The new definitions, terminology and criteria for a better understanding of joint hypermobility disorders are here (2017). All the relevant links to articles in the Ehlers-Danlos Society website can be seen in one place: click here
What is HSD?
Read the complete article “Hypermobility Disorders — An Update for Clinicians
” By Alan Hakim, March 16, 2017 here
What then is HSD
? Read about Hypermobility Spectrum Disorder (HSD) here
. Read a general overview on EDS vs HSD here
Hypermobility spectrum disorders (HSD) are a group of conditions related to joint hypermobility (JH). HSD are intended to be diagnosed after other possible answers are excluded, such as any of the Ehlers-Danlos syndromes (EDS) including hypermobile EDS (hEDS). HSD, just like hEDS, can have significant effects on our health. HSD and hEDS can be equal in severity, but more importantly, both need similar management, validation, and care.
HSD and Ehlers Danlos Syndrome hypermobility type (h-EDS) are at present demarcated into two different diagnosis with considerable overlap of symptoms using a stricter diagnostic criteria for h-EDS. It does not mean HSD is less debilitating than h-EDS.
HSD being a spectrum now allows for a much larger range of people to get a diagnosis. I am hopeful that a lot of people dismissed as benign hypermobility will be now assessed using a different criteria. HSD itself is expanded by taking into consideration the localization of hypermobility. It also incorporates people who had joint hypermobility and have lost it with progressive age.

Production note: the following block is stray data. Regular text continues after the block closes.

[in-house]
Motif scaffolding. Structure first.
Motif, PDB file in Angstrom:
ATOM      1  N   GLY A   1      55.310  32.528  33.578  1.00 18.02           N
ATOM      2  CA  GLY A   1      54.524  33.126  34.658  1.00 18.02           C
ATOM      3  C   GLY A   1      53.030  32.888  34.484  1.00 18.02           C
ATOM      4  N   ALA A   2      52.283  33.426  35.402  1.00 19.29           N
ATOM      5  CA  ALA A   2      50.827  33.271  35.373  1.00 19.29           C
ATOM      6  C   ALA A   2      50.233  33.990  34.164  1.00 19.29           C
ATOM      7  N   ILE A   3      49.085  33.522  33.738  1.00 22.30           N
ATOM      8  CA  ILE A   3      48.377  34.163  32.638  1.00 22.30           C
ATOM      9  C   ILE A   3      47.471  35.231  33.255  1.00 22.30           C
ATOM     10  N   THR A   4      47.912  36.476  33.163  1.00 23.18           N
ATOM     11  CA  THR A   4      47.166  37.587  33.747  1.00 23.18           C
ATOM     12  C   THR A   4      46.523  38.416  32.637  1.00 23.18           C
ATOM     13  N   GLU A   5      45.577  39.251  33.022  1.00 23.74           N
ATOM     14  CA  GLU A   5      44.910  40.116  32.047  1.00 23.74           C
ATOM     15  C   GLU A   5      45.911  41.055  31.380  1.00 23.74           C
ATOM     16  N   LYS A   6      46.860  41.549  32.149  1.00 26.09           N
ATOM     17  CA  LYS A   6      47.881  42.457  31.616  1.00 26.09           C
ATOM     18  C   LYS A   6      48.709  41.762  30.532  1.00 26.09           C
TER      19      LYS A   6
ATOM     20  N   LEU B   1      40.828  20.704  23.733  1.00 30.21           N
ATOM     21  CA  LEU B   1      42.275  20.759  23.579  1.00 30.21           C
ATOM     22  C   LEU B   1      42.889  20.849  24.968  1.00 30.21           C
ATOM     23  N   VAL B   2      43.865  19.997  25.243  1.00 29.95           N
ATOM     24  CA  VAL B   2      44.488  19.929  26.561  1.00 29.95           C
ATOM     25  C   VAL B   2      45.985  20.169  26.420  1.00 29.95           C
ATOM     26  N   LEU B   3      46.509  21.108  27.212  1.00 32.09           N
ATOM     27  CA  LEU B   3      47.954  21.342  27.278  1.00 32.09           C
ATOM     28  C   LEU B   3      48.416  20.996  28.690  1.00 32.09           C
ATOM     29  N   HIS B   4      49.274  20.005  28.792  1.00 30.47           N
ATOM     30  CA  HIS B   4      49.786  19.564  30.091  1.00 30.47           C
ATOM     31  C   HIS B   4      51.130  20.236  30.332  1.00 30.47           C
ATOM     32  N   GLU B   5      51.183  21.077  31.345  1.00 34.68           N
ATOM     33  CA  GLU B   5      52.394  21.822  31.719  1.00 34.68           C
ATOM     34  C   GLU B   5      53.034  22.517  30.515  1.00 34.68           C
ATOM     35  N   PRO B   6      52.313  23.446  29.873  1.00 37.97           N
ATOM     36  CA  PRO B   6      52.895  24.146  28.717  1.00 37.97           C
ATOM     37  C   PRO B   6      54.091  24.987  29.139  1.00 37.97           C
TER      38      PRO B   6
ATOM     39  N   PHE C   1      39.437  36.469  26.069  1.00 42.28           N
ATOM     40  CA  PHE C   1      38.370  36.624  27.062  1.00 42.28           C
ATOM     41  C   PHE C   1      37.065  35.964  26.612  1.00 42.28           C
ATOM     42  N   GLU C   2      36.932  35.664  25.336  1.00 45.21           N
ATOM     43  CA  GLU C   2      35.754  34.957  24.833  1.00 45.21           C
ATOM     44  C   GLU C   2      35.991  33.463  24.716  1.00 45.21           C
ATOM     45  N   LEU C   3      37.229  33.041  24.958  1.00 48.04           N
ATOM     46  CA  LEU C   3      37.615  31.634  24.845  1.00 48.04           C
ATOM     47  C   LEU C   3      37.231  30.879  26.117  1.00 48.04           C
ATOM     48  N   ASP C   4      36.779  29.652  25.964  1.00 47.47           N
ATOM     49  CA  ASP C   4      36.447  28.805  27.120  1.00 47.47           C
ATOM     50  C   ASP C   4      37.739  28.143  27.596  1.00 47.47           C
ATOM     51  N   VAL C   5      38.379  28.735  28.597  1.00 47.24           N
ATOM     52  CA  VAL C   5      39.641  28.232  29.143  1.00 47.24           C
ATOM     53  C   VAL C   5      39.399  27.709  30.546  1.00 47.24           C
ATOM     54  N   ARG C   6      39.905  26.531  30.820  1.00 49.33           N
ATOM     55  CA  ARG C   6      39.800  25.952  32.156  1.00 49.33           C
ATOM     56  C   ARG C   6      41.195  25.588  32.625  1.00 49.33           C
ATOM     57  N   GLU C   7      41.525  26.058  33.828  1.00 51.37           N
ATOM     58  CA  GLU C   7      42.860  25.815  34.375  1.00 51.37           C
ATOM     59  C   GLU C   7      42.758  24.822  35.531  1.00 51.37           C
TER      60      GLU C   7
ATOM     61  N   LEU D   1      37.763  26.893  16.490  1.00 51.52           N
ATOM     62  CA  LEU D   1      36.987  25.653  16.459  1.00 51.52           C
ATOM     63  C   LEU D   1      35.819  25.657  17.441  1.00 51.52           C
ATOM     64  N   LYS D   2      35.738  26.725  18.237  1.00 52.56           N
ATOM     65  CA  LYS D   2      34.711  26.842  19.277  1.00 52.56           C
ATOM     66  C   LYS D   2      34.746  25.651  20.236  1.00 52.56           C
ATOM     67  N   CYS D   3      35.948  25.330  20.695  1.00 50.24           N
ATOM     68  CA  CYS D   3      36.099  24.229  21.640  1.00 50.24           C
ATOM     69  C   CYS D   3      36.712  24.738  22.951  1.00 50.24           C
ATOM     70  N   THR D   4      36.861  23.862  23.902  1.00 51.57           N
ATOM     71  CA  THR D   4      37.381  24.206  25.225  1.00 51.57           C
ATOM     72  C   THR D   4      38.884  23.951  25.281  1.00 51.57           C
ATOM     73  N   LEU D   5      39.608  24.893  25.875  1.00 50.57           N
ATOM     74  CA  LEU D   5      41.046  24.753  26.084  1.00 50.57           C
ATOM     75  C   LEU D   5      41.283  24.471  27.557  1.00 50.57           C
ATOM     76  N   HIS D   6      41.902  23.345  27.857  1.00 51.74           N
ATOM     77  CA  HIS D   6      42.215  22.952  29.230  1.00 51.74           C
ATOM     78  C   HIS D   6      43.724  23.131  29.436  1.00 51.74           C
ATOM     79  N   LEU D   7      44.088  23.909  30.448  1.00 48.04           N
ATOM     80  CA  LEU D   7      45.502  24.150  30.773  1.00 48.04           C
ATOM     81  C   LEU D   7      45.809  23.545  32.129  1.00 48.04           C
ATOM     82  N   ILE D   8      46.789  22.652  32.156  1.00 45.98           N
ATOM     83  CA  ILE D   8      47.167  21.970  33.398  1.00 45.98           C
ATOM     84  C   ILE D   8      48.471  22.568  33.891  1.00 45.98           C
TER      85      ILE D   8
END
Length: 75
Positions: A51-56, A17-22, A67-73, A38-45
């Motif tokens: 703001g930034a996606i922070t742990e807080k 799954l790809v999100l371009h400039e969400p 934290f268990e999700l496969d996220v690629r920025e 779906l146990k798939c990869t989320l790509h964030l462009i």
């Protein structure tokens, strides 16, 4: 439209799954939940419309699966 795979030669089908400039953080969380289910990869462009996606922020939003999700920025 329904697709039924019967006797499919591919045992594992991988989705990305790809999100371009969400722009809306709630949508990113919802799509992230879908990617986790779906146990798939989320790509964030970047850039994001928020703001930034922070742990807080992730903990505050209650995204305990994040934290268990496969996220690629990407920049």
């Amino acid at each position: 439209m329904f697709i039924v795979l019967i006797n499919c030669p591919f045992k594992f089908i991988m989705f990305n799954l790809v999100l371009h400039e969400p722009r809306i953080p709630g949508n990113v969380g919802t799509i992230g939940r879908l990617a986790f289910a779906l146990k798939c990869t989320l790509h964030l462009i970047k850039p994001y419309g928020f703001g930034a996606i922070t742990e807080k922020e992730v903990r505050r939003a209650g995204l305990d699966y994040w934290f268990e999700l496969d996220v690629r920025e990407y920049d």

Joint hypermobility (JH) : The capability of joints to move beyond normal limits. JH can exist by itself or be a part of a more complex diagnosis. Those with joint hypermobility in a couple of joints (fewer than five) have localized joint hypermobility (LJH). Those of us with joint hypermobility in five or more joints are described as having generalized joint hypermobility (GJH).
There are other types of JH. Peripheral joint hypermobility is a form of that affects the hands and/or feet only. It is common in infants, toddlers, and children, in whom it is usually mild or has no serious effect. Another is proposed for older adults who have progressively lost JH, called historical joint hypermobility.
Joint hypermobility ranges from asymptomatic JH and GJH through to hEDS as part of the EDS. Along that continuum fall localized general spectrum disorder (L-HSD), peripheral hypermobility spectrum disorder (P-HSD), historical hypermobility spectrum disorder (H-HSD), and generalized hypermobility spectrum disorder (G-HSD). (From http://ehlers-danlos.com/what-is-hsd/)
What is h-EDS?
Read about Ehlers-Danlos Syndrome (EDS), updated facts (2017) here
. Download the Ehlers Danlos Society brochure here
. EDS hypermobility type or h-EDS is a subtype of EDS.
New Criteria for h-EDS:
The presence of generalized joint hypermobility (based on the Beighton Score or 5-part questionnaire)
(A) – skin or fascia signs and/or pelvic floor concerns and/or Marfanoid features (having at least 5 of all the features mentioned
(B) a family history
(C) At least 1 of the following 3 presentations:
- Musculoskeletal pain in 2 or more limbs recurring daily for at least 3 months, or
- Widespread pain for ≥3 months, or
- Recurrent joint dislocations in the absence of trauma – 3 or more atraumatic dislocations in the same joint, or atraumatic dislocations in 2 different joints occurring at different times, or medical confirmation of joint instability at 2 or more sites not related to trauma